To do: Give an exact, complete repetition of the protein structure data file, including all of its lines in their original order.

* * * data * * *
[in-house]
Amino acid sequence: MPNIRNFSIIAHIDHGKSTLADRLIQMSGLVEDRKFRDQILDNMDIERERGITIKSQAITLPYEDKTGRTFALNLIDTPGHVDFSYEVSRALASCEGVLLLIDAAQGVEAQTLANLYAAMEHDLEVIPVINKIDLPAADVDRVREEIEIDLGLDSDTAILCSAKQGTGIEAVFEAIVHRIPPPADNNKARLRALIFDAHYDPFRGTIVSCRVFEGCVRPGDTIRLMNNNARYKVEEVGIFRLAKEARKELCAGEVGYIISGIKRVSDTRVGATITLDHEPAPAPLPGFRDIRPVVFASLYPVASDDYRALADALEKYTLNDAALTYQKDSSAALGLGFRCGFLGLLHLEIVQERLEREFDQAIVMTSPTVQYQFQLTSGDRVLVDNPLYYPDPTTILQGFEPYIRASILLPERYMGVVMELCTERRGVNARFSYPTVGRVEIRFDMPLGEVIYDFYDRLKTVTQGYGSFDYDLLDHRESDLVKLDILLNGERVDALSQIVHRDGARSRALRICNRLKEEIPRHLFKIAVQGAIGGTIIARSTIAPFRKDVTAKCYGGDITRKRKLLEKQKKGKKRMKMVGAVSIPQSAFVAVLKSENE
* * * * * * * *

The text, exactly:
[in-house]
Amino acid sequence: MPNIRNFSIIAHIDHGKSTLADRLIQMSGLVEDRKFRDQILDNMDIERERGITIKSQAITLPYEDKTGRTFALNLIDTPGHVDFSYEVSRALASCEGVLLLIDAAQGVEAQTLANLYAAMEHDLEVIPVINKIDLPAADVDRVREEIEIDLGLDSDTAILCSAKQGTGIEAVFEAIVHRIPPPADNNKARLRALIFDAHYDPFRGTIVSCRVFEGCVRPGDTIRLMNNNARYKVEEVGIFRLAKEARKELCAGEVGYIISGIKRVSDTRVGATITLDHEPAPAPLPGFRDIRPVVFASLYPVASDDYRALADALEKYTLNDAALTYQKDSSAALGLGFRCGFLGLLHLEIVQERLEREFDQAIVMTSPTVQYQFQLTSGDRVLVDNPLYYPDPTTILQGFEPYIRASILLPERYMGVVMELCTERRGVNARFSYPTVGRVEIRFDMPLGEVIYDFYDRLKTVTQGYGSFDYDLLDHRESDLVKLDILLNGERVDALSQIVHRDGARSRALRICNRLKEEIPRHLFKIAVQGAIGGTIIARSTIAPFRKDVTAKCYGGDITRKRKLLEKQKKGKKRMKMVGAVSIPQSAFVAVLKSENE